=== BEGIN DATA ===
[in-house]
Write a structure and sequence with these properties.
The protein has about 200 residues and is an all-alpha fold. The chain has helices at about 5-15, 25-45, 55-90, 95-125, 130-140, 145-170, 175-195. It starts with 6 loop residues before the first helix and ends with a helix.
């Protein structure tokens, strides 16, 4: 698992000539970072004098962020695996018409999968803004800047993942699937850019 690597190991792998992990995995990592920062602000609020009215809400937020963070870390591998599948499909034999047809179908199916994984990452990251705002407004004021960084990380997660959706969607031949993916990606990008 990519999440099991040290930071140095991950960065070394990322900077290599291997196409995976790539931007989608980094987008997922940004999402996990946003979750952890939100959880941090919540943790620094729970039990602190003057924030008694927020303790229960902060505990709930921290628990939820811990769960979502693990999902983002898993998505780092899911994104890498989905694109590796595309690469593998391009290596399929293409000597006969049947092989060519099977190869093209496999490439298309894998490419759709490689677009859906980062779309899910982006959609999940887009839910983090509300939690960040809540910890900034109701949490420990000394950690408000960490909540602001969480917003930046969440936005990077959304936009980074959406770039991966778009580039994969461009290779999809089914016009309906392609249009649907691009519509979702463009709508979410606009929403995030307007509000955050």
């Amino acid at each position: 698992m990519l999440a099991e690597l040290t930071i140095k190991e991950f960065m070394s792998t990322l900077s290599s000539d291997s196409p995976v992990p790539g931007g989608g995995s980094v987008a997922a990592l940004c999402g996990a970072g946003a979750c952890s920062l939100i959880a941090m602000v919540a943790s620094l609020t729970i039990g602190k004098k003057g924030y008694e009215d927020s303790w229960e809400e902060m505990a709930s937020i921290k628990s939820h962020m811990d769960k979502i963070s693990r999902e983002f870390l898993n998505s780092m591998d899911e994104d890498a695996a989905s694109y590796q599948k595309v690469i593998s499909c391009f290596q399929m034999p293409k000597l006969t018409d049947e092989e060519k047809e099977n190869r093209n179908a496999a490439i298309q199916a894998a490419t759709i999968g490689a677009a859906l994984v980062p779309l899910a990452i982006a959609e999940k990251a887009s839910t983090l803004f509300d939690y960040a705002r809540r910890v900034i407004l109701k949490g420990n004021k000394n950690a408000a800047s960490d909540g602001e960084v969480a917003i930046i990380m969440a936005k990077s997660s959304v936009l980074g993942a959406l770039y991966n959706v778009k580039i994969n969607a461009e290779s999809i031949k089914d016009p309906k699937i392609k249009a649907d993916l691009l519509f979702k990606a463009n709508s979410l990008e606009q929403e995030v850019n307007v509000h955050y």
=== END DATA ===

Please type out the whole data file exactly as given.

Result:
[in-house]
Write a structure and sequence with these properties.
The protein has about 200 residues and is an all-alpha fold. The chain has helices at about 5-15, 25-45, 55-90, 95-125, 130-140, 145-170, 175-195. It starts with 6 loop residues before the first helix and ends with a helix.
């Protein structure tokens, strides 16, 4: 698992000539970072004098962020695996018409999968803004800047993942699937850019 690597190991792998992990995995990592920062602000609020009215809400937020963070870390591998599948499909034999047809179908199916994984990452990251705002407004004021960084990380997660959706969607031949993916990606990008 990519999440099991040290930071140095991950960065070394990322900077290599291997196409995976790539931007989608980094987008997922940004999402996990946003979750952890939100959880941090919540943790620094729970039990602190003057924030008694927020303790229960902060505990709930921290628990939820811990769960979502693990999902983002898993998505780092899911994104890498989905694109590796595309690469593998391009290596399929293409000597006969049947092989060519099977190869093209496999490439298309894998490419759709490689677009859906980062779309899910982006959609999940887009839910983090509300939690960040809540910890900034109701949490420990000394950690408000960490909540602001969480917003930046969440936005990077959304936009980074959406770039991966778009580039994969461009290779999809089914016009309906392609249009649907691009519509979702463009709508979410606009929403995030307007509000955050």
């Amino acid at each position: 698992m990519l999440a099991e690597l040290t930071i140095k190991e991950f960065m070394s792998t990322l900077s290599s000539d291997s196409p995976v992990p790539g931007g989608g995995s980094v987008a997922a990592l940004c999402g996990a970072g946003a979750c952890s920062l939100i959880a941090m602000v919540a943790s620094l609020t729970i039990g602190k004098k003057g924030y008694e009215d927020s303790w229960e809400e902060m505990a709930s937020i921290k628990s939820h962020m811990d769960k979502i963070s693990r999902e983002f870390l898993n998505s780092m591998d899911e994104d890498a695996a989905s694109y590796q599948k595309v690469i593998s499909c391009f290596q399929m034999p293409k000597l006969t018409d049947e092989e060519k047809e099977n190869r093209n179908a496999a490439i298309q199916a894998a490419t759709i999968g490689a677009a859906l994984v980062p779309l899910a990452i982006a959609e999940k990251a887009s839910t983090l803004f509300d939690y960040a705002r809540r910890v900034i407004l109701k949490g420990n004021k000394n950690a408000a800047s960490d909540g602001e960084v969480a917003i930046i990380m969440a936005k990077s997660s959304v936009l980074g993942a959406l770039y991966n959706v778009k580039i994969n969607a461009e290779s999809i031949k089914d016009p309906k699937i392609k249009a649907d993916l691009l519509f979702k990606a463009n709508s979410l990008e606009q929403e995030v850019n307007v509000h955050y």